The Issues with Lack of Progressiveness in Maleficent
In this version of the Disney classic, Sleeping Beauty, Maleficent is betrayed by her “true love,” a man named Stefan, who mercilessly cuts off her wings for the king in return for becoming his heir. Maleficent is hysterical when realizes what happened, so, when Stefan and his queen have baby Aurora, she seeks revenge with a curse that will put her into a death-like sleep on her 16th birthday, only to be awakened by true love’s kiss. As time goes by and Maleficent gets to know Aurora, she begins to regret her decision. After failing to break the curse with magic, she gives Aurora a kiss on the forehead, which to her surprise, fulfills the ‘true love’s kiss’ stipulation and wakens her. As Aurora narrates, Maleficent was ‘both the villain and the hero’ of the story after all.
Although this is a better fairy tale to tell young children, Disney’s Maleficent is not as progressive as it could be. For so long Disney films have taught children that validation and happiness only come with the love of a man, and while Maleficent directly places familial bond and female empowerment above the traditional princess / prince romantic arc, the story remains roughly the same as it is told in Sleeping Beauty.
To begin, one of the major concerns of the scholars in Mickey Mouse Monopoly is in regard to the stereotypes and ideas that Disney has constructed about gender that influences the way society views women. Maleficent tries to insert a progressive female empowerment theme into the original story’s gendered limitations, but Disney is only willing to extend the narrative of Sleeping Beauty so far. Therefore, to create a femme postive aesthetic that can also exist within the original tale, Maleficent devalues and injurs its female characters. For example, the beginning of Maleficent’s curse on Aurora goes, “The princess shall indeed grow in grace and beauty, beloved by all who meet her” (Maleficent). Aurora is given the gifts of beauty and happiness, but never intelligence, strength, or other attributes that would place value on something besides her outward appearance. Like all of the other Disney princess movies, Maleficent places more emphasis on the character’s appearance rather than their substance. According to the article “Fairytale’s Most Wanted: The Five Most Well-Known Character Types,” “Ultimately, this is the universal truth of the princess character, her virtue must be reflected by her outward appearance—she must be beautiful” (Heckel). This leads to unrealistic ideals in young children, and cements negative body images and perceptions during the most developmental years. As stated on the website, Geena Davis Institute on Gender in Media, “What [children] see affects their attitudes toward male and female values in our society, and the tendency for repeated viewing results in negative gender stereotypes imprinting over and over” (Gender in Media: The Myths & Facts). It continues to send the message that a woman’s worth lies within her looks, reinforcing traditional gender ideology and stereotypes.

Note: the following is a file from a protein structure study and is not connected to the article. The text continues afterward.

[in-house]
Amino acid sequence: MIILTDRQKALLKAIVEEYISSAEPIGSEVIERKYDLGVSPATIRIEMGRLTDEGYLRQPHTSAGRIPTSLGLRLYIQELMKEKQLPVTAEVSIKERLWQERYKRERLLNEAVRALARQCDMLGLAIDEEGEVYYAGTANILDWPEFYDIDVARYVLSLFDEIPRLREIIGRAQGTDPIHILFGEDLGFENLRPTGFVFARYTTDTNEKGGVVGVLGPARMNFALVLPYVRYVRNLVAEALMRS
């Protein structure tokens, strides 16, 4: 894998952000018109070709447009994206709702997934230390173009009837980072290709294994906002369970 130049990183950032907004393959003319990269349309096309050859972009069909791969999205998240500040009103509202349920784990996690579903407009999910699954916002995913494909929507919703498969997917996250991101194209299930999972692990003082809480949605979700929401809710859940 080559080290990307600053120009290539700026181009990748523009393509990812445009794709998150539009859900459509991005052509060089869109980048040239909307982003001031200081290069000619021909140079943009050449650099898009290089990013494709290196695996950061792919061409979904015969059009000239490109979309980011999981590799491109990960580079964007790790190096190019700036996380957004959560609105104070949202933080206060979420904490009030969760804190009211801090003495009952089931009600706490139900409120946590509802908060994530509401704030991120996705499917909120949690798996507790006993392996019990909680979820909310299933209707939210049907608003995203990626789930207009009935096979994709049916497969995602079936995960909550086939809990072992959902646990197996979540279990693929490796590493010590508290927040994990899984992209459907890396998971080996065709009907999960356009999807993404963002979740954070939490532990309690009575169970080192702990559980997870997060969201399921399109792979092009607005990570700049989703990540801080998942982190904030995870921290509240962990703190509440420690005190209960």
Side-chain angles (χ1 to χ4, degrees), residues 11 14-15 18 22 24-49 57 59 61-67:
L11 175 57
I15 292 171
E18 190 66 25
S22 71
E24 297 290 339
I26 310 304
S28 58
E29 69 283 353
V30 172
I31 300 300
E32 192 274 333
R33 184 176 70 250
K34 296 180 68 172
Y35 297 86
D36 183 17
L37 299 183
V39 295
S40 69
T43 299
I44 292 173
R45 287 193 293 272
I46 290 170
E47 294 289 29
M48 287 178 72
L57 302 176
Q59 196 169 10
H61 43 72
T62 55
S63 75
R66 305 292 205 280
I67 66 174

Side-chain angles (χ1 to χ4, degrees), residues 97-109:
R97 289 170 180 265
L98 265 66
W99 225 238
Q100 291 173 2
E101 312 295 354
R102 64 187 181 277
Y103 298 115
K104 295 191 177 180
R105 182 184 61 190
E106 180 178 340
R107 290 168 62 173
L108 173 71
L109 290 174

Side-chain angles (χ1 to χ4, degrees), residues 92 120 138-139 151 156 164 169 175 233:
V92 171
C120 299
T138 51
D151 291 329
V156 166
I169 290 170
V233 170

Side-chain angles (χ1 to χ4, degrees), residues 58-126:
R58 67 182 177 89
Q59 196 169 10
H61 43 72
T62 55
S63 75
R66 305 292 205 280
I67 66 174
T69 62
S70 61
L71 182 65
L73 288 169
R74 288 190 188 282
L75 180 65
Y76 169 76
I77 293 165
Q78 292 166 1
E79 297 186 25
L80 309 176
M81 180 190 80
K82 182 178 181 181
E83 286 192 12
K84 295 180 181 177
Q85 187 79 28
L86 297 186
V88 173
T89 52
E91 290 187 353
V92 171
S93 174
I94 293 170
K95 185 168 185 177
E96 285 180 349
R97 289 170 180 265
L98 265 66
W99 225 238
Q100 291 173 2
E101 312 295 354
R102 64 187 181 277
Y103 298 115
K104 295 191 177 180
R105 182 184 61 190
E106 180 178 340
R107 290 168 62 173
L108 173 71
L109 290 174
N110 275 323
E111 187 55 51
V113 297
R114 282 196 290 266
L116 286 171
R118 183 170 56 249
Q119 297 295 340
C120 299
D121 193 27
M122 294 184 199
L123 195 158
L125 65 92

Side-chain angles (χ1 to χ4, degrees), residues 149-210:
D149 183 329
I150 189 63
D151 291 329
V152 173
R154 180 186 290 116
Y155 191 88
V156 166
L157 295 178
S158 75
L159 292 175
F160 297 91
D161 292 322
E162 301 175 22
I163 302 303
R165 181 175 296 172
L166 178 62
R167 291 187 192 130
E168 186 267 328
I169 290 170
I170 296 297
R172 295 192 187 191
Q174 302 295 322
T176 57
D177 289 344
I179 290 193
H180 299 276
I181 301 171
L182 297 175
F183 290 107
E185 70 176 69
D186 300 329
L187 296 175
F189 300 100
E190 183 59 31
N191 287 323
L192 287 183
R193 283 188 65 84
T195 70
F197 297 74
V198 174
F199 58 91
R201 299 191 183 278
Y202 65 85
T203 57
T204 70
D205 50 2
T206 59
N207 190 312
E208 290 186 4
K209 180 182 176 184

Furthermore, while Maleficent does not encourage the acceptance of violence against women like past Disney movies have, it still shows images of aggression and violence against women, and arguably endorses patriarchal attitudes. In one of the most shocking scenes, Stefan mutilates Maleficent’s unconscious body, cutting off her wings and leaving her to bleed. Not only is this symbolism for rape, but utimately adheres to patriarchal attitudes and violent prerogative. Although Maleficent does not let Stefan get away with it, seeking revenge with a curse– a true moment of female power– she is eventually overcome with guilt and regret, whereas Stefan never shows remorse for his actions and never apologizes. In other words, the story paints all the male characters in a despicable light, and comes across as shallow and lazy feminism. Because the movie is trying to appeal to children, instead of an outright revenge film we get story about Maleficent learning to become good again through her sudden connection to her assaulter’s daughter. It basically teaches kids that all men are just power hungry fools, and all women who have been abused will turn evil and become hell-bent on taking revenge. According to the article, “Elements Found in Fairy Tales,” “When you think fairy tale, you think, ‘children.’ But pay close attention to the stories and you will see bigger meanings meant not just for children” (Elements Found in Fairy Tales). Maleficent tries to be a power fantasy for women who feel they have been wronged by men and wish they could take revenge, and with feminist theory, “aims to understand the nature of inequality and focuses on gender politics, power relations and sexuality” (Elements Found in Fairy Tales). But, because producers were only willing to stray from the original narrative so far and still appeal to the children, the movie just becomes a jumbled mess of ill-conceived ideas that kids are unable to analyze critically. If Disney really wanted to show an example of a strong woman at the center of a narrative, she should not be accompanied by being diminished or violated by male characters.
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